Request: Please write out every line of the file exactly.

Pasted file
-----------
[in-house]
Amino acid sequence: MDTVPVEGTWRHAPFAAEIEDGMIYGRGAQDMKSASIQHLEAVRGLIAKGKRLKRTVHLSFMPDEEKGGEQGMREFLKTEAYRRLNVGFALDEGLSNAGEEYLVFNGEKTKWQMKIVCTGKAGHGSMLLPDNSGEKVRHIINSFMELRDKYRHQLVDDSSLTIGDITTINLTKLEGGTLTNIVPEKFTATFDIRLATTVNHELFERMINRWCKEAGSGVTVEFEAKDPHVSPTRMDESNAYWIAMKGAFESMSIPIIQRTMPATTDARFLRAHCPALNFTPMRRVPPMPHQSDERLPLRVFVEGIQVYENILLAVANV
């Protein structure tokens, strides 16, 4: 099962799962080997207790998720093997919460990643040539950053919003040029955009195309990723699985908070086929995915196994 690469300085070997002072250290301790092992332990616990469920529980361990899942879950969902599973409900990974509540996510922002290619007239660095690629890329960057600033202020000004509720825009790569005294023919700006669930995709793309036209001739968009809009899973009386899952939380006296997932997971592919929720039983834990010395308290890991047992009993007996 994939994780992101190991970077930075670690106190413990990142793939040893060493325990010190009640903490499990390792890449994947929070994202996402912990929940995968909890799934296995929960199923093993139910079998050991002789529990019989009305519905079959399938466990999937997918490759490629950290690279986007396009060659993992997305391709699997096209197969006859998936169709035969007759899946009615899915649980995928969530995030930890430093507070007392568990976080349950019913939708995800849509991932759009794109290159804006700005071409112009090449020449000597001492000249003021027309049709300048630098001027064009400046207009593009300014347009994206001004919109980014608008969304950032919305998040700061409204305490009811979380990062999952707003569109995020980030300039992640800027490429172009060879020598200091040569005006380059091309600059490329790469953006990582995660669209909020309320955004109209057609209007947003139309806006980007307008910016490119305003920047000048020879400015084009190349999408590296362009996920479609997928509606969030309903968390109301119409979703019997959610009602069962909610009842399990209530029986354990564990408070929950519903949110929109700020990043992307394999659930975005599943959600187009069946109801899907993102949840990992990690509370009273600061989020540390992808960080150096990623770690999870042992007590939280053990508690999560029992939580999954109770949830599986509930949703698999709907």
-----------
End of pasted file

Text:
[in-house]
Amino acid sequence: MDTVPVEGTWRHAPFAAEIEDGMIYGRGAQDMKSASIQHLEAVRGLIAKGKRLKRTVHLSFMPDEEKGGEQGMREFLKTEAYRRLNVGFALDEGLSNAGEEYLVFNGEKTKWQMKIVCTGKAGHGSMLLPDNSGEKVRHIINSFMELRDKYRHQLVDDSSLTIGDITTINLTKLEGGTLTNIVPEKFTATFDIRLATTVNHELFERMINRWCKEAGSGVTVEFEAKDPHVSPTRMDESNAYWIAMKGAFESMSIPIIQRTMPATTDARFLRAHCPALNFTPMRRVPPMPHQSDERLPLRVFVEGIQVYENILLAVANV
């Protein structure tokens, strides 16, 4: 099962799962080997207790998720093997919460990643040539950053919003040029955009195309990723699985908070086929995915196994 690469300085070997002072250290301790092992332990616990469920529980361990899942879950969902599973409900990974509540996510922002290619007239660095690629890329960057600033202020000004509720825009790569005294023919700006669930995709793309036209001739968009809009899973009386899952939380006296997932997971592919929720039983834990010395308290890991047992009993007996 994939994780992101190991970077930075670690106190413990990142793939040893060493325990010190009640903490499990390792890449994947929070994202996402912990929940995968909890799934296995929960199923093993139910079998050991002789529990019989009305519905079959399938466990999937997918490759490629950290690279986007396009060659993992997305391709699997096209197969006859998936169709035969007759899946009615899915649980995928969530995030930890430093507070007392568990976080349950019913939708995800849509991932759009794109290159804006700005071409112009090449020449000597001492000249003021027309049709300048630098001027064009400046207009593009300014347009994206001004919109980014608008969304950032919305998040700061409204305490009811979380990062999952707003569109995020980030300039992640800027490429172009060879020598200091040569005006380059091309600059490329790469953006990582995660669209909020309320955004109209057609209007947003139309806006980007307008910016490119305003920047000048020879400015084009190349999408590296362009996920479609997928509606969030309903968390109301119409979703019997959610009602069962909610009842399990209530029986354990564990408070929950519903949110929109700020990043992307394999659930975005599943959600187009069946109801899907993102949840990992990690509370009273600061989020540390992808960080150096990623770690999870042992007590939280053990508690999560029992939580999954109770949830599986509930949703698999709907």